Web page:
Kim Esbensen, Paul Geladi and Anders Larsen followed up in 2012 with a nice short article in NIR news in their “Mythbusters in Chemometrics” column which reinforced Howard’s observations.4 They studied data provided to them on 70 mixtures of five components (butanol, dichloromethane, methanol, dichloropropane and acetone). Their article includes two figures (Figure 2 for butanol and Figure 3 for methanol), which were quite startling to my eyes as they showed an effect I have seen regularly in chemometric calibrations, but which I had put down to, maybe wrongly, inaccuracies in the reference method concentration determinations.
In 2017, Howard published another article on this topic in NIR news directly looking at the effect of the selection of the measurement units on NIR calibrations.5 In this article he focussed more on common effects observed in NIR chemometric models and how the impact of selecting mass fraction rather than volume can impact the quality of the results. The difference between using Classical Least Squares (CLS) algorithms and Partial Least Squares (PLS) and other models is highlighted (see below).
However, to muddy the waters a little, a paper was published recently by Yan and co-workers which reported that they had been unable to confirm the benefit of using volume % over weight % concentration units in their studies of benzene/cyclohexane/ethylbenzene and ethyl acetate/heptan-1-ol/1,4-dioxane ternary mixtures.6 Although they were looking primarily for the effect of hydrogen bonding on the performance of CLS and PLS algorithms.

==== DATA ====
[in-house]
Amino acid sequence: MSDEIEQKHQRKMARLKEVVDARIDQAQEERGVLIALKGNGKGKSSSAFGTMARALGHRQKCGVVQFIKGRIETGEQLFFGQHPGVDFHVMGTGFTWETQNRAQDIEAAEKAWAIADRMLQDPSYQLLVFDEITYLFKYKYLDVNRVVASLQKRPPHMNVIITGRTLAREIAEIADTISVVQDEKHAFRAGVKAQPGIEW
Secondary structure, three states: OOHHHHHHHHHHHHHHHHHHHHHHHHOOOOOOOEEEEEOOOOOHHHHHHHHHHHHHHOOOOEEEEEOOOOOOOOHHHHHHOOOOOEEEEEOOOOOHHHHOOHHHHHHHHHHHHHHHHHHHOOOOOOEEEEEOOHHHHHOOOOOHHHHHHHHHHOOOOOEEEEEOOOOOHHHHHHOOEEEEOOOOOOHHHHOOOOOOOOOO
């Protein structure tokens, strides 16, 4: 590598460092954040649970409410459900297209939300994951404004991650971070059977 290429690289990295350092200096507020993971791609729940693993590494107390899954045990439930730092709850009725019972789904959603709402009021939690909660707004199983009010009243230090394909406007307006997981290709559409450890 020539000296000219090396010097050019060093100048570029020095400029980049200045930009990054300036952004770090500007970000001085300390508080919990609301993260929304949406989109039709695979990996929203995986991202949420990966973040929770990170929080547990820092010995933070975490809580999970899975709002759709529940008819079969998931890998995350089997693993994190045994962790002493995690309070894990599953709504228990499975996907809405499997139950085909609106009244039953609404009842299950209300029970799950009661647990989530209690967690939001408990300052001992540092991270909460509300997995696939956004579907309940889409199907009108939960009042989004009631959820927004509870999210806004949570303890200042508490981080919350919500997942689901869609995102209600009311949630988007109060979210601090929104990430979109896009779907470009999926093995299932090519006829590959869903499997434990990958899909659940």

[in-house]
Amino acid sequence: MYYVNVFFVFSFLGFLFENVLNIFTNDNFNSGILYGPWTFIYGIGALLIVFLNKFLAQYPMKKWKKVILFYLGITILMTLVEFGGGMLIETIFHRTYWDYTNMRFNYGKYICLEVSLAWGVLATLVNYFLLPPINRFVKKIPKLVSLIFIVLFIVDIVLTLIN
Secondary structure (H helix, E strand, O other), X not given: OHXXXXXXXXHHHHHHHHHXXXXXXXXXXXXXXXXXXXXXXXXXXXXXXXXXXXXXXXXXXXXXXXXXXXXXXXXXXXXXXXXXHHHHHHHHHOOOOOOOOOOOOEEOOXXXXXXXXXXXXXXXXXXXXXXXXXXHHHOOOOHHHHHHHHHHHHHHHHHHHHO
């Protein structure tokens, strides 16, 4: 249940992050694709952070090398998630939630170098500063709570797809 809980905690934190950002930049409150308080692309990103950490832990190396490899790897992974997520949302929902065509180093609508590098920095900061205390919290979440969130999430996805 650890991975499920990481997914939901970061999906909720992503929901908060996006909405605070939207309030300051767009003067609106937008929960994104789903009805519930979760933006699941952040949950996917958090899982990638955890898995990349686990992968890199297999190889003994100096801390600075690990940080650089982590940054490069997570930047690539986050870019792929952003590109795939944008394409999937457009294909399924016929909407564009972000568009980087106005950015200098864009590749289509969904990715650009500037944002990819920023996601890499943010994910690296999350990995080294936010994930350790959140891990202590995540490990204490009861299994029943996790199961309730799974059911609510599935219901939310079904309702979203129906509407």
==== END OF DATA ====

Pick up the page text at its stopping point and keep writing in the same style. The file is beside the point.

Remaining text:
Have sympathy on the overworked chemometric algorithms!
Howard selected CLS for his study, partly because it is the easiest chemometric model to explain, consisting essentially of linear combinations of pure component spectra to make up the overall observed spectrum. The drawback is that you are assuming no interactions between the components in the mixture, such as were studied by Yan and co-workers. Howard and others have remarked that the inability of CLS models to cope with other types of interactions is one of the reasons PLS and other models tend to be favoured (including by the authors of this column, as I have mentioned in previous articles). PLS modelling can often be accused of overfitting, as more factors are used to create the model than you would think are really necessary—and one conclusion could well be that the PLS algorithm (essential a model expecting a linear relationship between concentration and signal) is having to work overtime to cope with the fact that the concentration data it is being fed is not actually strictly linear. The model, therefore, is often generated with additional factors to try to compensate for this non-linearity.
So how bad can it get? Well, the papers cited claim that the non-linearity can cause errors in the calibrations of up to 10–15 %. So, this is one of the reasons that Henk-Jan and his team from Nouryon and the Radboud University in Nijmegen decided to get a definitive answer to the question of weight against volume, as 10–15 % wrong in an industrial control process could be worth a lot of money!
Robotics for more reproducible calibration samples